The Hazelrigg VLC powers up quite quickly, passing audio within 20‑30 seconds, although I found it could take a few minutes to become completely stable and quiet. The controls are mostly very simple and obvious, and although the EQ section is unusual I found it pleasingly quick and easy to home in on the desired sound shaping. The absence of scale markings on the controls and the fact that there’s no real level metering naturally encourage the user to rely entirely on what is heard to confirm the sound is as needed, and I found that very refreshing.
It was always happiest at the moderate gains typically needed when using capacitor mics, sounding rich and full‑bodied.
I found the tonal character of the preamp changed slightly with different microphone gain settings, and it was always happiest at the moderate gains typically needed when using capacitor mics, sounding rich and full‑bodied — at the highest gains it became noticeably thinner‑sounding. Overall, though, both the mic and line inputs both worked well, with sensible sensitivities and gain ranges. In contrast, the instrument input seemed unusually sensitive, and I needed to engage the pad to capture most instruments. To quantify that, a two o’clock setting of the gain control delivered the reference +4dBu output with just ‑22dBu coming in. Fortunately, with the pad selected, instrument inputs up to about +15dBu can be accepted without problems.
Hazelrigg’s VLC is a well‑built and high‑quality valve mic preamp, brimming with character. Its instrument input is a musical bonus, as is the ability to serve as a line‑level processor, adding some transformer and tube warmth for anyone seeking a vintage tone. The unusual EQ section is also effective and well judged for creative tonal shaping, able to add weight and air or reduce mudiness and edginess very smoothly and naturally. Like its sibling, the VLC is easy to use but performs well and has a lovely, classy and musical character that is very beguiling. At this price it’s obviously a luxury purchase — but what luxury!
The VLC employs four selected 6072A double‑triodes for the entirely valve‑based signal path. Four discrete Class‑A amplifiers make up the main mic preamp section, with each of the first three gain stages providing around 30dB of fixed gain. The fourth is configured as a unity‑gain cathode‑follower to drive the passive EQ section, and the output of the EQ is received by a line amplifier which drives the output transformer.
A variable attenuator located between the second and third stages of the mic preamp adjusts the overall gain, providing a maximum of 60dB for the mic input, 14dB for the line input, and 40.5dB for the instrument input. A pad switch introduces 20dB of attenuation for the mic and line inputs, but only 10dB for the instrument input — a feature undocumented in the user manual. Being a passive design, using custom‑wound inductors, the EQ section inherently attenuates signals passing through it, so when bypassed an internal pad replaces the EQ circuitry to maintain the overall gain structure through the whole unit.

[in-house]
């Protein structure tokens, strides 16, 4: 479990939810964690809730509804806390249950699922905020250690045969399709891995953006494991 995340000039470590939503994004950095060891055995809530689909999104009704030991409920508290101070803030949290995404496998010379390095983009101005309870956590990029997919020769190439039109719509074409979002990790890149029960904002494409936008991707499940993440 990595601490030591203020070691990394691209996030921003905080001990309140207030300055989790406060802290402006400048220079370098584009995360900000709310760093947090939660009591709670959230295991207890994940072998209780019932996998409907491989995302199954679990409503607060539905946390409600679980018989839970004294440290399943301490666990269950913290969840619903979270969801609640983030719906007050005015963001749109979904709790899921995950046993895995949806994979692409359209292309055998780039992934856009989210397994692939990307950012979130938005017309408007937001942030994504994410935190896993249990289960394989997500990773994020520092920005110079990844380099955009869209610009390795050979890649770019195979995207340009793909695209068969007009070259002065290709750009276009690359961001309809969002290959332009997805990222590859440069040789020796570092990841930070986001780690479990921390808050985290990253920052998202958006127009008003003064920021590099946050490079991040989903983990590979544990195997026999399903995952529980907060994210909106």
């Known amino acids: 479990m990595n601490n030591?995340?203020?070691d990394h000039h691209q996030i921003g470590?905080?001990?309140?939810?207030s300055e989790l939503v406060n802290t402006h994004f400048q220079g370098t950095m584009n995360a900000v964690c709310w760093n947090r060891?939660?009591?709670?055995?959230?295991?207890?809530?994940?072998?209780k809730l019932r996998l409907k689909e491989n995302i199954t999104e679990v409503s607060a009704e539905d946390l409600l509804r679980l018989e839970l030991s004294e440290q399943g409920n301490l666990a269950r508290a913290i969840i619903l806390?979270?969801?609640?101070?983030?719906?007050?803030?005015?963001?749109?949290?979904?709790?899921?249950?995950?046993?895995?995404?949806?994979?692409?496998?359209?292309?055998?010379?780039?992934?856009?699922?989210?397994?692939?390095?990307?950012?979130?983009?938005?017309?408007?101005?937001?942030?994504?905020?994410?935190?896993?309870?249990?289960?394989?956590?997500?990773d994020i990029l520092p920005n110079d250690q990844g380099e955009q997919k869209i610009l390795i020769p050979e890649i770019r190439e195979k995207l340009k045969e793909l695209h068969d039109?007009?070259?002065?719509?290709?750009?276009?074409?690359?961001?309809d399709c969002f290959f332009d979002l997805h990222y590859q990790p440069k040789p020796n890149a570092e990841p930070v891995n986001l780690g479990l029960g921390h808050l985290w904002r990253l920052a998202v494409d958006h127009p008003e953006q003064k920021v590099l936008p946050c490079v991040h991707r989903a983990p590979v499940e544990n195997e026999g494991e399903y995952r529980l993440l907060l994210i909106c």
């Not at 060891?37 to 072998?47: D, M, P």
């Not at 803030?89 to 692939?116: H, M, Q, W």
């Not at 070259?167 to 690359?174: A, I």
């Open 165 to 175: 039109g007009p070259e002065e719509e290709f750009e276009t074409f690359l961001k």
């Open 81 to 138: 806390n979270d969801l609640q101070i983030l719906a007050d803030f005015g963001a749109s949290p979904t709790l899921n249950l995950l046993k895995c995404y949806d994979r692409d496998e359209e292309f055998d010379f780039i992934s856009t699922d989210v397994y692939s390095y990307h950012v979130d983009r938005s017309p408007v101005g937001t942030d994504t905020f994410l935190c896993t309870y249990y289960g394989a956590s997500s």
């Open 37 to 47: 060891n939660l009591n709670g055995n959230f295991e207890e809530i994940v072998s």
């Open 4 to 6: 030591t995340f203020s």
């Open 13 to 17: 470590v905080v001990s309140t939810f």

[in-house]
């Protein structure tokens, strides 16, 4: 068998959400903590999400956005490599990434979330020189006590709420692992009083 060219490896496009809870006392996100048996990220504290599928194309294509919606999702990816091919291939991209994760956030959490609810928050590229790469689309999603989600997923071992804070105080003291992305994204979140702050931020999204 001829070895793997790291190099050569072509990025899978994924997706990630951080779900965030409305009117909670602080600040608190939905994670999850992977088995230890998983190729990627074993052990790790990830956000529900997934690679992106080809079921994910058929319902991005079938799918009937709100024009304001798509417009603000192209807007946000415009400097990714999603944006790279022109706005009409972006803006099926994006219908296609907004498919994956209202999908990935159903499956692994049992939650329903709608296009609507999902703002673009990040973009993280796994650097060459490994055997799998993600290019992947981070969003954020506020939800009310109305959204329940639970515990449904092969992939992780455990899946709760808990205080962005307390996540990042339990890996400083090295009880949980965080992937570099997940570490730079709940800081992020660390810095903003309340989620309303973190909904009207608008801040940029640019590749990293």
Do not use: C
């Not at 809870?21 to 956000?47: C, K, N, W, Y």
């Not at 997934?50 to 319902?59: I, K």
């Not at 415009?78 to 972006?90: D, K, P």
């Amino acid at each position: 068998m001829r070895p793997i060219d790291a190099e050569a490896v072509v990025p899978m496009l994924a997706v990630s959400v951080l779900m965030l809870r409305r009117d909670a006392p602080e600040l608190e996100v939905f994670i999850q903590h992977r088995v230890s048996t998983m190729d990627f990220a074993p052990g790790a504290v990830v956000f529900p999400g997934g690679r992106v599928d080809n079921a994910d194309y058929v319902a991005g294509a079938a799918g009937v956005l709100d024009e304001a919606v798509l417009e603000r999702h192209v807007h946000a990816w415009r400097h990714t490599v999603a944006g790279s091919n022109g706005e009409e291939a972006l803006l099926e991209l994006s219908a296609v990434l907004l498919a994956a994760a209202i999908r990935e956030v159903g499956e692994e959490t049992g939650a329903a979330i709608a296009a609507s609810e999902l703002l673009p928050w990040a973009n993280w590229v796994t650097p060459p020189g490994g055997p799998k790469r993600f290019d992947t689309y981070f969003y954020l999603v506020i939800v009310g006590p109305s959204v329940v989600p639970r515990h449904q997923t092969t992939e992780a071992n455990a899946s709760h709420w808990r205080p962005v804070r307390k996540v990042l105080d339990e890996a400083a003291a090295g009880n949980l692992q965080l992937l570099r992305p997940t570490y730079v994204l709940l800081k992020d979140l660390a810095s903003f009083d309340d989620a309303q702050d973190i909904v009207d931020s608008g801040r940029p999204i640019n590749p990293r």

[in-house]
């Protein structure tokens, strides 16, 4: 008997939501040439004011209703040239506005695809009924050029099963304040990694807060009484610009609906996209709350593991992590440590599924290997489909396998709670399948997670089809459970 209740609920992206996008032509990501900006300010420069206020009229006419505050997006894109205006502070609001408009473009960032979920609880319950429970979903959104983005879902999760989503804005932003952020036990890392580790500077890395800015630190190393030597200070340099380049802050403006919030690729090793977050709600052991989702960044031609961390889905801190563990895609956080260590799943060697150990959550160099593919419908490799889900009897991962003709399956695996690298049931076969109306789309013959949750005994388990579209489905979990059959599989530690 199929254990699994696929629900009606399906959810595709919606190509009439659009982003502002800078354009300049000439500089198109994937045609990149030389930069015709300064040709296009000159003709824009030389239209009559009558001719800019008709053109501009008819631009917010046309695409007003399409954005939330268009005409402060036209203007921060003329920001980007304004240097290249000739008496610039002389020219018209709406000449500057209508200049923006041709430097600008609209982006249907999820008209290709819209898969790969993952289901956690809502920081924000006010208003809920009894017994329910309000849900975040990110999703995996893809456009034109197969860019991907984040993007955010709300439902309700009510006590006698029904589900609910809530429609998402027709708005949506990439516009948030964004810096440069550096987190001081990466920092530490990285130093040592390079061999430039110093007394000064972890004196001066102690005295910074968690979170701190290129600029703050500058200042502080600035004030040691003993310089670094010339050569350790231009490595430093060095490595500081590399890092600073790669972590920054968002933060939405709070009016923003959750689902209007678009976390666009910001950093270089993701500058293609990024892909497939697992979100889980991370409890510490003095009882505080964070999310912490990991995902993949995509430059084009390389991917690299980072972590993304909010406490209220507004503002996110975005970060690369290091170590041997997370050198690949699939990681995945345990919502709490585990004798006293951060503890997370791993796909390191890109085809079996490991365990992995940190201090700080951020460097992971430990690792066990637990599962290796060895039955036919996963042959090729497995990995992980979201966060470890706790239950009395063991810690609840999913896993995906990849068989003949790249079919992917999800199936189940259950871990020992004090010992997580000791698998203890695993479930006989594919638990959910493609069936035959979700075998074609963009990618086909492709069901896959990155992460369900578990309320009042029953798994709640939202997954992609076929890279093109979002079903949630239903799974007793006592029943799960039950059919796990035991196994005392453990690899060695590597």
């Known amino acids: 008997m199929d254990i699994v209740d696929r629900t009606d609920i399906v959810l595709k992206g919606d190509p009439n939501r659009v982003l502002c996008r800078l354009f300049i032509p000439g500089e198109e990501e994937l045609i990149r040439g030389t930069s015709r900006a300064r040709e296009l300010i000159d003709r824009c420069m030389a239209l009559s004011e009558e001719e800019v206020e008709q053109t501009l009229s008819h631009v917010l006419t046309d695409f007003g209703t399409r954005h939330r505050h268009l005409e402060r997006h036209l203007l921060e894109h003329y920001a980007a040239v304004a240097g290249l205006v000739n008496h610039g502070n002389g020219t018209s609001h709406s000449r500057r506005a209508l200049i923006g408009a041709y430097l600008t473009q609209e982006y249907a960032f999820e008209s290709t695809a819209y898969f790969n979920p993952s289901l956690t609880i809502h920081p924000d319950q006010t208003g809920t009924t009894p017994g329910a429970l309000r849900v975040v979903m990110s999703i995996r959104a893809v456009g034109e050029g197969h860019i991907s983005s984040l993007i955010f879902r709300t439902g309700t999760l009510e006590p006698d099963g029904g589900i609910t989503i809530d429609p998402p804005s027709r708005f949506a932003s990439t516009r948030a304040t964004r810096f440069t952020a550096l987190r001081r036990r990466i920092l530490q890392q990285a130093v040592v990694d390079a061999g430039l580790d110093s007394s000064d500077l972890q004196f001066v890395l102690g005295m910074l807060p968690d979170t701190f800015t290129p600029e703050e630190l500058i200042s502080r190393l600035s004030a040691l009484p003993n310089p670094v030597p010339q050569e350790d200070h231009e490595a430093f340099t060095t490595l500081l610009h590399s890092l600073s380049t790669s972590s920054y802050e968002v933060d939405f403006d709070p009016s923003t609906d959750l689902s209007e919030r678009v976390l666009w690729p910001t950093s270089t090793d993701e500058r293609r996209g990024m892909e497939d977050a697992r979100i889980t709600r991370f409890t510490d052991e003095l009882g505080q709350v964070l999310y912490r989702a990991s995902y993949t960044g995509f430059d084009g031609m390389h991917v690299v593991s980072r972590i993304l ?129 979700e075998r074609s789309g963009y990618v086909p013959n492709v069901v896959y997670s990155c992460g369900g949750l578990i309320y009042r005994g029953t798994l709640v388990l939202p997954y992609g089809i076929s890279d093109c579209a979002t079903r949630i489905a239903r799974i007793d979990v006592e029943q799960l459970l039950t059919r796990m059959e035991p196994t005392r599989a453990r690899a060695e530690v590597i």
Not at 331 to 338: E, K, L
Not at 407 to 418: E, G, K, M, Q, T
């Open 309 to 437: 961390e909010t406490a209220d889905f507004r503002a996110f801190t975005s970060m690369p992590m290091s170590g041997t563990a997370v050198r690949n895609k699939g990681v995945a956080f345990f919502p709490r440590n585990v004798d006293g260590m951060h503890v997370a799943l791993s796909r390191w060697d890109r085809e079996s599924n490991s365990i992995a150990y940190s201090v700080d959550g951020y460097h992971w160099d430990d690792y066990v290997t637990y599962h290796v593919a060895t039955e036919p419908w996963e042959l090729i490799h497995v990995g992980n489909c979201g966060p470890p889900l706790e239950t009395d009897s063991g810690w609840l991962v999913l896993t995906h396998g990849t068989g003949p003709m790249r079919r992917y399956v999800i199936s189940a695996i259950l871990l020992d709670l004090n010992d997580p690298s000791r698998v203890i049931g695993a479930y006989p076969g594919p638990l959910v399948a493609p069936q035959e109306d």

Testing the review model with an Audio Precision test set, most of my measurements agreed with, or bettered, the published specifications. In microphone mode and at maximum gain I measured a THD+N figure of 0.15% (delivering +4dBu at the output) and intermodulation distortion (IMD) of 0.38% (SMPTE), which are good results and considerably better than the published figures. The line input operating at unity gain gave similar results. Naturally, distortion rises with increasing output level, reaching a THD of 1% with +19dBu at the output, and 2% at the maximum output of +22dBu. With the full 60dB of mic gain applied, residual mains hum components remained below about ‑90dBu, and even adding full low boost only brought them up to ‑80dBu, which is impressive.
Hazelrigg’s specifications state that the line input presents a bridging load of 40kΩ, although when tested with an NTI MR‑Pro the measured value was 20kΩ. The mic input impedance measured 1.4kΩ (close to the specified value), and that doesn’t change when the input pad is selected. The instrument input presents a 1MΩ impedance.
The frequency response is specified as 20Hz and 20kHz (±0.5dB), although I found the HF response rolled off a little earlier, being around 1.5dB down at 20kHz (EQ bypassed). I measured ‑3dB points at 35Hz and 30kHz (see plots), and also noticed that the low‑end response rolled off early below 100Hz when using the highest gain settings. At more moderate gains the response levelled out, albeit with a mild 2dB peak around 15Hz.
An EIN figure of ‑124dBm is stated in the specs, although I doubt that’s really taken with the implied 600Ω termination. My own measurements gave a value of 124.5dB with a 150Ω termination (measured between 20Hz and 20kHz), while the A‑weighted figure is ‑126.5dB — these being good values for a valve mic preamp.
While the specifications are good for a valve preamp, I was disappointed that the company are using outdated and technically inaccurate terms such as CPS (cycles per second) instead of Hertz, and ‘dBm’ — which doesn’t instil confidence. In the same vein, the published product dimensions are not only wrong, but the metric measurements don’t even agree with the imperial ones! I absolutely applaud the inclusion of comprehensive technical specifications, but they are worthless if not accurate — and that includes using the correct terminology and proof‑reading before going to print.
- Classy and musical sound character with valve/transformer warmth.
- Smooth‑sounding passive EQ.
- Simple but effective controls.
- Very well built.
- Understated aesthetics.
- Seven‑year warranty.
- Other than the price? Absolutely none.
Derived from the DW Fearn VT‑15 channel strip, the Hazelrigg VLC delivers a wealth of valve/transformer sonics with a simple set of controls and facilities that really help the user focus on capturing a very classy sound.
£3395 including VAT.